6marK6
6marK6

I wouldn't, I mean, you won't even remember having  played in the game.

PWINGS
PWINGS

@bawgs  Hypocrisy is a poor word choice IMO. "Job insecurity" and "loyalty" are more appropriate descriptions of their motivations. Most money in an NFL contract is NOT guaranteed like an NBA contract or any work agreement that any of us would consider a "contract". If a player is a low round draft pick or undrafted free agent, their job is ALWAYS at risk and getting cut because you're considered "brittle" or "selfish" is always a concern. 

Secondly, loyalty to the team is something that's taught to players from day one in a youth league. It's no different than the loyalty that veterans feel when they're sent back for 2nd or 3rd tours of duty in Iraq or Afghanistan. The players are simply doing what they've been taught and "conditioned" to do for years.

Thirdly, "fans" such as yourself are openly critical of players like Jay Cutler and LaDainion Tomlinson for NOT playing injured in playoff games. If you want an example of "hypocrisy", that would be more appropriate than faulting players who are willing to play while injured.

rhurley31
rhurley31

Seriously comparing veterans to football players.  I'm sure the families would really appreciate that comparison.  Football is war, right??  Playing football is in theory secondary to their schooling. The idea is to play football while they can and then fall back and find a career in their chosen field from which they graduated from. They are willingly choosing to play injured and then turn around and sue the NFL.  I agree with bawgs that the NFL needs to be held accountable for anything they hide, or trying to force players to play and that has been evident in the past.  With everything in the public eye, no player should have the excuse they were doing what they thought they needed to do.  They too have responsibility for their actions without using the NFL as an excuse for long term consequences.  If a person from a low income neighborhood becomes a drug dealer because of peer pressure do they get a complete pass when they get in a bad situation, give drugs to a kid that overdoses, or kills someone when a deal goes bad.  In the end, we're all responsible for our actions regardless if we're able to successfully blame someone afterwards.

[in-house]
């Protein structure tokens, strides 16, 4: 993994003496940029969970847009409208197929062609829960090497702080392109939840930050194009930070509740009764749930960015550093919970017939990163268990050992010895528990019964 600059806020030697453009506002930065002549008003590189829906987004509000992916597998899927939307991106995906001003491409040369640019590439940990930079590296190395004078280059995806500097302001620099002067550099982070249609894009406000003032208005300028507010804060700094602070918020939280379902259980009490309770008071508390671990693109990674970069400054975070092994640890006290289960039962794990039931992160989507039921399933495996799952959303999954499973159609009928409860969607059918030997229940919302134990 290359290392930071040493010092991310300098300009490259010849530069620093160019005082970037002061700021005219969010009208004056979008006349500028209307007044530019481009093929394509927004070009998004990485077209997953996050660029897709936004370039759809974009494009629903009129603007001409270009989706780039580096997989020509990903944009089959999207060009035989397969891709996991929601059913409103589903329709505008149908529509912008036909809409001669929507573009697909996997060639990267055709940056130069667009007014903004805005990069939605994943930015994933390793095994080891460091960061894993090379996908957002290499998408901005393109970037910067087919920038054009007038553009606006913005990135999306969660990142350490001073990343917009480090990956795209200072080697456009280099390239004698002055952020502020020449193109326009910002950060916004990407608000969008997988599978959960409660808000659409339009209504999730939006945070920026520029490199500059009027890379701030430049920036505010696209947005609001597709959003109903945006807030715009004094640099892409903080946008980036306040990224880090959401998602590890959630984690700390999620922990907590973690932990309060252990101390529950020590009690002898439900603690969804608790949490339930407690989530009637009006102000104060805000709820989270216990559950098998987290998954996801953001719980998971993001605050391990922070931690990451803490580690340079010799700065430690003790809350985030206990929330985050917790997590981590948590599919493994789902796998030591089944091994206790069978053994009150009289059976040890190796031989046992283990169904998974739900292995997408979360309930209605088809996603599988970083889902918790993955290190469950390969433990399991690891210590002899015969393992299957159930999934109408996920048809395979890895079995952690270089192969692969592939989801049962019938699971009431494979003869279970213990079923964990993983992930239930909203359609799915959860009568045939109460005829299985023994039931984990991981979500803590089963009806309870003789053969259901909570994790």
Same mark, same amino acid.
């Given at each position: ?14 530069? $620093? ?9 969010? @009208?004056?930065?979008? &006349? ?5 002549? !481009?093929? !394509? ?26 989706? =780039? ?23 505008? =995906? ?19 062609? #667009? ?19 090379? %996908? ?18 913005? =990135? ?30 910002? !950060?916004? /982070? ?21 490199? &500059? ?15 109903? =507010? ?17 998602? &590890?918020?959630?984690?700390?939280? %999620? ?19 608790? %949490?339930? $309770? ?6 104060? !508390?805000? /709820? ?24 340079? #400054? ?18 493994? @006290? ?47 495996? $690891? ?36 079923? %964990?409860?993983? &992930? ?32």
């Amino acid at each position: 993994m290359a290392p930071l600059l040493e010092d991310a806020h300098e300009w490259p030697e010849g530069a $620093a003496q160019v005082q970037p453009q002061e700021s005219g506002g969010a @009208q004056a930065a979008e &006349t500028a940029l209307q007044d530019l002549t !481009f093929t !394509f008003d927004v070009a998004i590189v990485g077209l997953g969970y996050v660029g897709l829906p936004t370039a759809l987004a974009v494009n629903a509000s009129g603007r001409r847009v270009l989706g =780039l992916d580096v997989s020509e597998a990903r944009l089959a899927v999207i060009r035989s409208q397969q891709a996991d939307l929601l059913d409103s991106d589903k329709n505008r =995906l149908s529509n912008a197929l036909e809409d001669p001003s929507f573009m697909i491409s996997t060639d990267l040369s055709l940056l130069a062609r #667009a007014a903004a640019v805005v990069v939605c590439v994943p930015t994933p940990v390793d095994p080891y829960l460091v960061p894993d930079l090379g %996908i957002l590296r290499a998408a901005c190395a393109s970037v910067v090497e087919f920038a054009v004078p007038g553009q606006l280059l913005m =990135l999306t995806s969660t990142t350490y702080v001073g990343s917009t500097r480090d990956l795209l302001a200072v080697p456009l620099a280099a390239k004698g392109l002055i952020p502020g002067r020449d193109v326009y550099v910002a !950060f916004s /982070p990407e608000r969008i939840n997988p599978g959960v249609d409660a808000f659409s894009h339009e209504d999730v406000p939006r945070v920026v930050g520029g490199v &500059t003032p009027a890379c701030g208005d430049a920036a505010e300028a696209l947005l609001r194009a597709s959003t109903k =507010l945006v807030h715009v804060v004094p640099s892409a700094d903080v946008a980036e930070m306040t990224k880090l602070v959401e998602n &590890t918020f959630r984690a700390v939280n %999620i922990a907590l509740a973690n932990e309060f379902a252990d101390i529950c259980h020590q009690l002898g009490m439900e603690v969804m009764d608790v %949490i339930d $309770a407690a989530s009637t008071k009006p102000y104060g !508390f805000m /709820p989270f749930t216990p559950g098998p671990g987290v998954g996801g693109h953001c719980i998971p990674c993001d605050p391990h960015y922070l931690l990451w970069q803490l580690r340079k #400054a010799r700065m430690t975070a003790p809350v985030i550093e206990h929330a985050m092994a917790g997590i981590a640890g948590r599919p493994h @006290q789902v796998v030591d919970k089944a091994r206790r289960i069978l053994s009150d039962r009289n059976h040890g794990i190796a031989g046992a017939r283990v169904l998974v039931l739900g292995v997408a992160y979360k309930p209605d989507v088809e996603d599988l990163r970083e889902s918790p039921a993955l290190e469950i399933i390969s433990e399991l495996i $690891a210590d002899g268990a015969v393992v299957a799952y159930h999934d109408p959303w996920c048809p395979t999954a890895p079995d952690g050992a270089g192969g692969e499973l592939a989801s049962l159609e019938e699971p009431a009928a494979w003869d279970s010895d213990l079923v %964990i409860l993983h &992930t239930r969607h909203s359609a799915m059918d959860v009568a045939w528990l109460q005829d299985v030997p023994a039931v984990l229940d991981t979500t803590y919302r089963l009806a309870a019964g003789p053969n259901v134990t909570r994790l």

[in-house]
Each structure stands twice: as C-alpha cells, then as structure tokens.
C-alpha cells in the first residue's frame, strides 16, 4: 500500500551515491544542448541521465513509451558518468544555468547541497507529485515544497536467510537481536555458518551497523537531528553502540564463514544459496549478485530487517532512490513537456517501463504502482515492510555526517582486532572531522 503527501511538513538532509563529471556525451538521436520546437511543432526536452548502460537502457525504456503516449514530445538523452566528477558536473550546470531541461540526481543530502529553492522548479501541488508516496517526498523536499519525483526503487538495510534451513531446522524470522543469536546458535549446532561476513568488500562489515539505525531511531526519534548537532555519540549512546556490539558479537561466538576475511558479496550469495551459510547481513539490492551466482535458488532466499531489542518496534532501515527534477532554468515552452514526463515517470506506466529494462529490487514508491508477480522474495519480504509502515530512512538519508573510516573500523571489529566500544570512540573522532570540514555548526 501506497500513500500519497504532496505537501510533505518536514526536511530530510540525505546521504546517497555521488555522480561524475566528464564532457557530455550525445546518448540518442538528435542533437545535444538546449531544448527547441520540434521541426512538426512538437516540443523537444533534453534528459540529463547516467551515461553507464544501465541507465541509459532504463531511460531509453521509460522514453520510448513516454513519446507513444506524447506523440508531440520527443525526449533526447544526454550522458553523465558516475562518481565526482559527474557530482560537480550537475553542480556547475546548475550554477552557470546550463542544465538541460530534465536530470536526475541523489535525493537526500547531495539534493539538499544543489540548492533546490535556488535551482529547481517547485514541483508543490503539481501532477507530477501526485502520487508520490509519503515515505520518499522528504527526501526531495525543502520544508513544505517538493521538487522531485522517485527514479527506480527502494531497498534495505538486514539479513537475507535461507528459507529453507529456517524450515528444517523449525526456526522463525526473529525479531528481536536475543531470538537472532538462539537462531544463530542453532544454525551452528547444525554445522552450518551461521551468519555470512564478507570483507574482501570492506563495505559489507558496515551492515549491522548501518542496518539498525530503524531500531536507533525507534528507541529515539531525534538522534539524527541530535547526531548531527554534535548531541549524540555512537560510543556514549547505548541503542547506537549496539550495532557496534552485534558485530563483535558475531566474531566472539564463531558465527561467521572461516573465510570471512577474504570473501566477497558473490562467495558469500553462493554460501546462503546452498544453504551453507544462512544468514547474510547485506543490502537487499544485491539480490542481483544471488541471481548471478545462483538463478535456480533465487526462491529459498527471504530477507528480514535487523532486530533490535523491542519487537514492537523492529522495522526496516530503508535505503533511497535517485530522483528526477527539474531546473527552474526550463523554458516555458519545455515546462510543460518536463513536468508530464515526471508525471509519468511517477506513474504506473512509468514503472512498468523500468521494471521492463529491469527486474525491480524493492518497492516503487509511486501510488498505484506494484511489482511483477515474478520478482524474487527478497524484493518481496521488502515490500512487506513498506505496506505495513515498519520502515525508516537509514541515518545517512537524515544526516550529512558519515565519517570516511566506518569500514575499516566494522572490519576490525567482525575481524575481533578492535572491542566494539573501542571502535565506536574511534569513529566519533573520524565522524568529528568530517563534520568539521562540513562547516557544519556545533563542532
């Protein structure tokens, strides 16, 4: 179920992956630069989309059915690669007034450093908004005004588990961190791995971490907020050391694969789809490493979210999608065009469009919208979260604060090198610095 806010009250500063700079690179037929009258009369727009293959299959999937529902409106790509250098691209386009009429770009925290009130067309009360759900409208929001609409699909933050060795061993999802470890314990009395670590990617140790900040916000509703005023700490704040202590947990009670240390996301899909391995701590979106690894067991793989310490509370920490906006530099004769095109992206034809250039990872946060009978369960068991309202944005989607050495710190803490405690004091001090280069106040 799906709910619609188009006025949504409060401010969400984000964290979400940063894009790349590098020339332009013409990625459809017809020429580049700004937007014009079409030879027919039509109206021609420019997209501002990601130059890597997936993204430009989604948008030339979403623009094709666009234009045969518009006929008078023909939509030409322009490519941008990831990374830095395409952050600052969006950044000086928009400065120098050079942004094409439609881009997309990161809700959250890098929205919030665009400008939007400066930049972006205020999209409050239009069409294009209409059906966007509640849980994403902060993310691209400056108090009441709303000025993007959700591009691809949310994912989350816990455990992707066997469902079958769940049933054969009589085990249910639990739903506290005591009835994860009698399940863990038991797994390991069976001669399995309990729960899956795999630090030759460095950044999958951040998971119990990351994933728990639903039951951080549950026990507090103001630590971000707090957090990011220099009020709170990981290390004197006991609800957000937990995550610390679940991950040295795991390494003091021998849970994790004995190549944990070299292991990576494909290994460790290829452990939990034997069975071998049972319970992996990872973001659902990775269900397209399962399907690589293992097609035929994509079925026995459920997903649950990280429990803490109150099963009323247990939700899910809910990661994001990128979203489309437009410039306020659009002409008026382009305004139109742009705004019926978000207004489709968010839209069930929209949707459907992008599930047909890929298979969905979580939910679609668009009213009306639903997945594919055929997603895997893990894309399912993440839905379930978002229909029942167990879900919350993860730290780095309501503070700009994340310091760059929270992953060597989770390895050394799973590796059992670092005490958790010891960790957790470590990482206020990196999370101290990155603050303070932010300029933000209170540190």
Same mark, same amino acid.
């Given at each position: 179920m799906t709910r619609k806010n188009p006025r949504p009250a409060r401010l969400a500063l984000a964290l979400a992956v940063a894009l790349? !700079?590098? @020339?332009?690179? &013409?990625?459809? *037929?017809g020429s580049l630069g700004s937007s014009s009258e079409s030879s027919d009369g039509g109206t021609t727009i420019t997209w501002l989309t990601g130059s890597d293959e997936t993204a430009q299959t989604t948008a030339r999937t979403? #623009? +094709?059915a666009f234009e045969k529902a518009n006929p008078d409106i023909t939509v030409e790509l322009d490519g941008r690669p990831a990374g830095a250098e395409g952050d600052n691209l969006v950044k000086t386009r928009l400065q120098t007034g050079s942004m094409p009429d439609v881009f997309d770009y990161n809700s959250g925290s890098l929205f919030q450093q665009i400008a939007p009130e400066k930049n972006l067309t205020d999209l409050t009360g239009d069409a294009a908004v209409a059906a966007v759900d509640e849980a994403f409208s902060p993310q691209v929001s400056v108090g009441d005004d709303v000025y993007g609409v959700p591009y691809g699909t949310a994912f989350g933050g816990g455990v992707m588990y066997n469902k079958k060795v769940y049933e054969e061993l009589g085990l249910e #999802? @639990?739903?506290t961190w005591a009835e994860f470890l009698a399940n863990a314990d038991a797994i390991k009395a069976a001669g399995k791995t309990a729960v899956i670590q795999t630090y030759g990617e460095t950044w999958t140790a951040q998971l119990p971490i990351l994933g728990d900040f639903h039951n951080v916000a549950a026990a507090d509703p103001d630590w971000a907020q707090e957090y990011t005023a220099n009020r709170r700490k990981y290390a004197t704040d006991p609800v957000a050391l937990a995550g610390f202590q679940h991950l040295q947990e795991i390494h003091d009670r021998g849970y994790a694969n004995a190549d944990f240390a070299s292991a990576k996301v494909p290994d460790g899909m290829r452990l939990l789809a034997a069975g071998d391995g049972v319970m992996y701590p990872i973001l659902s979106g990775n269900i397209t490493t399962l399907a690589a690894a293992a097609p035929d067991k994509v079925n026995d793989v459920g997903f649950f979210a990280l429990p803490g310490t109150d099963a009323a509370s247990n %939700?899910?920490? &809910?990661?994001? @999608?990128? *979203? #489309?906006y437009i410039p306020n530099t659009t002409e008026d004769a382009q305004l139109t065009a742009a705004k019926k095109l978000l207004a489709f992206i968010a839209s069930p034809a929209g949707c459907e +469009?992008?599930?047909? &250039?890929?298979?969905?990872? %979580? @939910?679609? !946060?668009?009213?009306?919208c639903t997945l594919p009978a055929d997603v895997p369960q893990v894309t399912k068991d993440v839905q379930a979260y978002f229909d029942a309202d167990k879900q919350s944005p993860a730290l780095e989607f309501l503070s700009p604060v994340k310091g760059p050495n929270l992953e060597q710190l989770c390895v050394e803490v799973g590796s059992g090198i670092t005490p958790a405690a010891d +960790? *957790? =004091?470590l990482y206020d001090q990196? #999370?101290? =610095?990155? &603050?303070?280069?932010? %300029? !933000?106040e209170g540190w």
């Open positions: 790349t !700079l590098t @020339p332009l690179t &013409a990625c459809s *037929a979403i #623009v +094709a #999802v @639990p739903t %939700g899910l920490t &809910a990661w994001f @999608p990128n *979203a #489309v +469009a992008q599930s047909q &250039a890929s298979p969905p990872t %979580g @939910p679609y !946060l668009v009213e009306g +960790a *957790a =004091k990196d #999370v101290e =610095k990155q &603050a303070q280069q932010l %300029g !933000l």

PWINGS
PWINGS

@rhurley31  Soldiers are held up as role models to football players so the similarity is closer than you would like to acknowledge. As Vietnam so clearly illustrated, wounded warriors, like injured athletes, are quickly forgotten and treated as a disposable commodity.

On the other hand, if we accept your logic, then wounded military veterans also made choices to enlist and accept multiple deployments, knowing the possible consequences. Therefore, they should not be treated as heroes nor should they receive proper medical care for the injuries they incur. "They knew what they were getting into" as well. That's the logical conclusion of your logic and NO!, I don't share that logic at all.